What do you do? Your first, and the most obvious option, is to limit Marketing's use of devices and apps to a select few approved kinds.

Except (in our scenario) you know a little about marketing. Your roommate in college was a marketing major, and you took time to learn about his profession. You know that marketing people are "creative," and that they do their job by trying new things, ditching what fails and keeping what works.

This knowledge gives you the power to do something special: build a connection, and thus a balance, between James and Marketing. Because you know a little about marketing, you can help James see the need for Marketing to use various devices and applications. And because you're the IT leader and know a little about marketing, you can help Marketing employees see the need for James to be part of the technology process, so that he can help them achieve their goal without compromising the rest of the company.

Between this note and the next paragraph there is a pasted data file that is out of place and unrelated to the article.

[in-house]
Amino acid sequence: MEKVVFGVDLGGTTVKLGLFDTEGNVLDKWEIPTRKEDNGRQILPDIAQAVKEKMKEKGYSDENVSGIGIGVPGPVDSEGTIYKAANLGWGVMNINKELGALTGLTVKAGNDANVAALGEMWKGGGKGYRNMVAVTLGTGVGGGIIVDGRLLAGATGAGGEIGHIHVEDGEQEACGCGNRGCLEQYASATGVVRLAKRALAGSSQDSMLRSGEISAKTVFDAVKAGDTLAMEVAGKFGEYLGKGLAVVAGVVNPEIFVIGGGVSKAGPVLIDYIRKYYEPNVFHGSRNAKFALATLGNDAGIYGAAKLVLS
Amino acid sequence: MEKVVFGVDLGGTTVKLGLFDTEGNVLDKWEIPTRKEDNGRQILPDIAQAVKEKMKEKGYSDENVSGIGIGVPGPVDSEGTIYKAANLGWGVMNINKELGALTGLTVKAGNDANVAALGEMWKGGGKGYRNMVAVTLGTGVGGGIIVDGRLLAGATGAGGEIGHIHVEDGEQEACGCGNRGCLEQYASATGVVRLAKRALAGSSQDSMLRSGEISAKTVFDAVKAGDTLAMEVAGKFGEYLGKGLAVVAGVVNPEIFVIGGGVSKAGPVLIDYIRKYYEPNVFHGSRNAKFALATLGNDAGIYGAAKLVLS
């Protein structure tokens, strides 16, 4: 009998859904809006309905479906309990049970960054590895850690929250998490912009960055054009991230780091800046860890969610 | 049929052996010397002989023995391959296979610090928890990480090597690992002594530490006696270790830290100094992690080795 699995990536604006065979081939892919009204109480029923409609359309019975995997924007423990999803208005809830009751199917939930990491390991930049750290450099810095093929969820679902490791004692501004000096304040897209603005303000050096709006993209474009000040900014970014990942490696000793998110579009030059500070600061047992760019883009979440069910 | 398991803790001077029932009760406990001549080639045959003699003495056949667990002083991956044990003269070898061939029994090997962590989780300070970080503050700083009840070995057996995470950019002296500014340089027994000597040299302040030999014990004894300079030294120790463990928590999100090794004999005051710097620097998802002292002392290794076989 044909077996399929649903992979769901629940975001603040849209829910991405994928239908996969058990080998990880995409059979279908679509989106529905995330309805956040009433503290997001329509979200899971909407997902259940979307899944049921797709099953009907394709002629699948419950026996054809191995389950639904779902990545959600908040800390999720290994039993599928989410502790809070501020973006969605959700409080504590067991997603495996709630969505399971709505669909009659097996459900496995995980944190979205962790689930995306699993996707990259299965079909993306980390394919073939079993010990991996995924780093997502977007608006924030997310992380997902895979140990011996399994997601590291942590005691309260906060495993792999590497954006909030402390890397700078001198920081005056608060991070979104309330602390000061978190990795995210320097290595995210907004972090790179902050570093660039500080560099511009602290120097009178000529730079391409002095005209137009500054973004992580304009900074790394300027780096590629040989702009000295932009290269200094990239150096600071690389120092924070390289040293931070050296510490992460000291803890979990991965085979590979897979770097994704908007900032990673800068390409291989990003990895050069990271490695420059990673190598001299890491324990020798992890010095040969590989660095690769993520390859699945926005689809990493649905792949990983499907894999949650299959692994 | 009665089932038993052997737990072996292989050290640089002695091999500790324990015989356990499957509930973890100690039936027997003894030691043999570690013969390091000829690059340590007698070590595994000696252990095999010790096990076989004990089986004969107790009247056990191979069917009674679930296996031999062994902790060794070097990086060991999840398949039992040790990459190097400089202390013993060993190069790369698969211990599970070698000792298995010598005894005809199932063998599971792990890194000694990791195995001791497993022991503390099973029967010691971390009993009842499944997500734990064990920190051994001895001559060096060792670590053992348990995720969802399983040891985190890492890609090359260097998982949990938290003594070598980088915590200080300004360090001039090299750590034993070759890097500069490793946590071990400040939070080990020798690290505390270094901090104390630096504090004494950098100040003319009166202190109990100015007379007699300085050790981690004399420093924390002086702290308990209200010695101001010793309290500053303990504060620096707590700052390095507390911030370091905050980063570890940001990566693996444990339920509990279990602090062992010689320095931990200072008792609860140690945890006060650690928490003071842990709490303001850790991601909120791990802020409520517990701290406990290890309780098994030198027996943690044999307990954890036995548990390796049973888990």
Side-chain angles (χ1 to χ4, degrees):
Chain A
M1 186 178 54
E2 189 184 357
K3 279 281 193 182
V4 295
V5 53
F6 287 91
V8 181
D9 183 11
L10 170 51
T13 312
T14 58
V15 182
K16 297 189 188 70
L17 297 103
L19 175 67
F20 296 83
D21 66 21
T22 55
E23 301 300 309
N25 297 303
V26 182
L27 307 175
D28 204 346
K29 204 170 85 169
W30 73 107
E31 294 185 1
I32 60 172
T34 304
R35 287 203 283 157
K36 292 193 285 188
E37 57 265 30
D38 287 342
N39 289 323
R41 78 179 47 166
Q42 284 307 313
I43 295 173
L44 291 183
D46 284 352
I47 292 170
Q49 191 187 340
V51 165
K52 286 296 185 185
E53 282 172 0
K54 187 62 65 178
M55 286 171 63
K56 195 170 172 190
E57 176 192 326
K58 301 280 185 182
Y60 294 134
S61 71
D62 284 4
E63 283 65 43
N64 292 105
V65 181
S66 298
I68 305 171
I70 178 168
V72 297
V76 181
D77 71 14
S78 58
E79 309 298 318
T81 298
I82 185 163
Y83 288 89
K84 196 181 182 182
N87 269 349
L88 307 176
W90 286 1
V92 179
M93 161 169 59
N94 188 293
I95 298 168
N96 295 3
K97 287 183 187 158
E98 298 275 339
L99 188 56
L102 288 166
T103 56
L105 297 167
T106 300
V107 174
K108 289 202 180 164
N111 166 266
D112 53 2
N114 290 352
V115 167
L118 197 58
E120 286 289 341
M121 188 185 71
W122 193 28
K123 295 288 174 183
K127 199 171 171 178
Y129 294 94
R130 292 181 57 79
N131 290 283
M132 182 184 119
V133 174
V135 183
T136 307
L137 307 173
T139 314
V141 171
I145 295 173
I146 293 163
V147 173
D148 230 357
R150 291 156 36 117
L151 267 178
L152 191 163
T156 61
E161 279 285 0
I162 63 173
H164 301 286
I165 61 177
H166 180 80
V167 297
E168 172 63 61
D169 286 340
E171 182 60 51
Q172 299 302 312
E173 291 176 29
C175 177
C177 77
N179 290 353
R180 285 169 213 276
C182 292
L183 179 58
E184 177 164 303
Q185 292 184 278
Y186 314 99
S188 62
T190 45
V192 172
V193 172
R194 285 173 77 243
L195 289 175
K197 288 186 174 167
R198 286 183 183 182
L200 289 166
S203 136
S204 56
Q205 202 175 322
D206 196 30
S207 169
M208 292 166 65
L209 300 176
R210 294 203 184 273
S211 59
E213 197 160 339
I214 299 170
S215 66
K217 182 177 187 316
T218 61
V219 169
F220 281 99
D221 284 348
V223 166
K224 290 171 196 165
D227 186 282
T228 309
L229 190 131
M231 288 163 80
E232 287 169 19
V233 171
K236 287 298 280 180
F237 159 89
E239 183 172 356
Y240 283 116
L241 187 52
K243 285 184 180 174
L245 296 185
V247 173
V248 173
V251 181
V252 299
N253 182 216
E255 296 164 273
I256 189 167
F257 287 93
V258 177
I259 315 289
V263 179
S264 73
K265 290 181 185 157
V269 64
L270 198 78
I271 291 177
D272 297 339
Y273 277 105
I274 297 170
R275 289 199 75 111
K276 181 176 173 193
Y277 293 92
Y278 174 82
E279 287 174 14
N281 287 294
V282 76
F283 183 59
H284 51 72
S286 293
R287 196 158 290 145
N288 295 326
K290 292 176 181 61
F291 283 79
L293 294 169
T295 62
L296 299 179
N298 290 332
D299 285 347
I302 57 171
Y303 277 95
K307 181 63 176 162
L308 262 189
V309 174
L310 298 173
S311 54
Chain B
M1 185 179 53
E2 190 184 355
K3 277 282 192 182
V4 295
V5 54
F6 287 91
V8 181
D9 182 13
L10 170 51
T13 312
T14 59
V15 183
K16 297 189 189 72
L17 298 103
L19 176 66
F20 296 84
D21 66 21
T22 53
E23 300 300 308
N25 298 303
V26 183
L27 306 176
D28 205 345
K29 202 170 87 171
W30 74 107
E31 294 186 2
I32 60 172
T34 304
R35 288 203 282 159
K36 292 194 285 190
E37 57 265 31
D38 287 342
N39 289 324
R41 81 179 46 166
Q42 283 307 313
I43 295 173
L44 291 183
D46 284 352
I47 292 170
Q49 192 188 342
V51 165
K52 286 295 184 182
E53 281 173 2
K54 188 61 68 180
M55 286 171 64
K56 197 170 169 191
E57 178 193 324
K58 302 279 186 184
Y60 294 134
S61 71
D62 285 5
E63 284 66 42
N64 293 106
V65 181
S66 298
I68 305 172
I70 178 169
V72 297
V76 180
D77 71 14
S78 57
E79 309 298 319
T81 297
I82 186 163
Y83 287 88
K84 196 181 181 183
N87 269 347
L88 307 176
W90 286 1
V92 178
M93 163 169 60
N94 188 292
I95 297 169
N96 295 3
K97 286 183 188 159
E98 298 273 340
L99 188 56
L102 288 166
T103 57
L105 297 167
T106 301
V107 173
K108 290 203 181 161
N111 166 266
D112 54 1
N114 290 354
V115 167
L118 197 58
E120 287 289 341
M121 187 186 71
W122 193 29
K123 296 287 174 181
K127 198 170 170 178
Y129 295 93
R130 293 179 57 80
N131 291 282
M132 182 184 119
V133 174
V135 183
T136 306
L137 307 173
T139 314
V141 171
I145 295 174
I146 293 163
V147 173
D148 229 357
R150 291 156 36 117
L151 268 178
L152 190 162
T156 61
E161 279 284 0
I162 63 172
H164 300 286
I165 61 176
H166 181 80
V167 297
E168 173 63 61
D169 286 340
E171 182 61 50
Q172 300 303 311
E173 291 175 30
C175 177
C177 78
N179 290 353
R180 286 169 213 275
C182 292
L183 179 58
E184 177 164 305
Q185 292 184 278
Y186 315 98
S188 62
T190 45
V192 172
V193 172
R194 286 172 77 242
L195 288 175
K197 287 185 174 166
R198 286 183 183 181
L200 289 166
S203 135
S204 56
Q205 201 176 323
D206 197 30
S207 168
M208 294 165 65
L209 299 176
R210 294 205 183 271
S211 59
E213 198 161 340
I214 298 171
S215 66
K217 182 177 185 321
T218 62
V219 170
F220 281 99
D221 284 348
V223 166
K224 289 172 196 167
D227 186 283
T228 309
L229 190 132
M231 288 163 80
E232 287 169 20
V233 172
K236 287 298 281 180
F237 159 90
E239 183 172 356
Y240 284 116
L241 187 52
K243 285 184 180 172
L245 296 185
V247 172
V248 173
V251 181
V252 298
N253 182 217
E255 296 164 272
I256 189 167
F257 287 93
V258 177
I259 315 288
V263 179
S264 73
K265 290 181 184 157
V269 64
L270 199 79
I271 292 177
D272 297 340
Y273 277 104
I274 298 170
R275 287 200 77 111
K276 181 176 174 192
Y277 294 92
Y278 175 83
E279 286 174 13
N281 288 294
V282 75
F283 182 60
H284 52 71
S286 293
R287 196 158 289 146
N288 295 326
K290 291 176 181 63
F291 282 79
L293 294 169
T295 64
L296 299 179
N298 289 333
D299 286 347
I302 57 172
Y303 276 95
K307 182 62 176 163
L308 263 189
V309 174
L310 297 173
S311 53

Could you have done this if you knew nothing about marketing? Likely not. You wouldn't have had the necessary knowledge.

Drawing the line

And so the original question: How much is too much?

I think - and this is my opinion borne of experience - that you seize the opportunities around you. When you consistently come across a book that is outside of your area of expertise, take it as a sign that you should read it. When someone invites you to a new and unusual activity, give it a try. When you meet someone who does a job you're not familiar with, quiz them about it.

The world is trying to connect with you. A well-rounded person seizes those moments to connect back with the world and incorporate what they learn into their everyday life.

How have you rounded yourself out lately?

14 comments
info
info

You about said it... People with College Degrees tend to see other people with College Degrees as 'competent', 'informed' and 'intelligent'. Anyone else is just a slack-jawed yokel from the backwoods that can't tie their shoelaces. They couldn't be more wrong. But try telling THEM that! ;)

nonimportantname
nonimportantname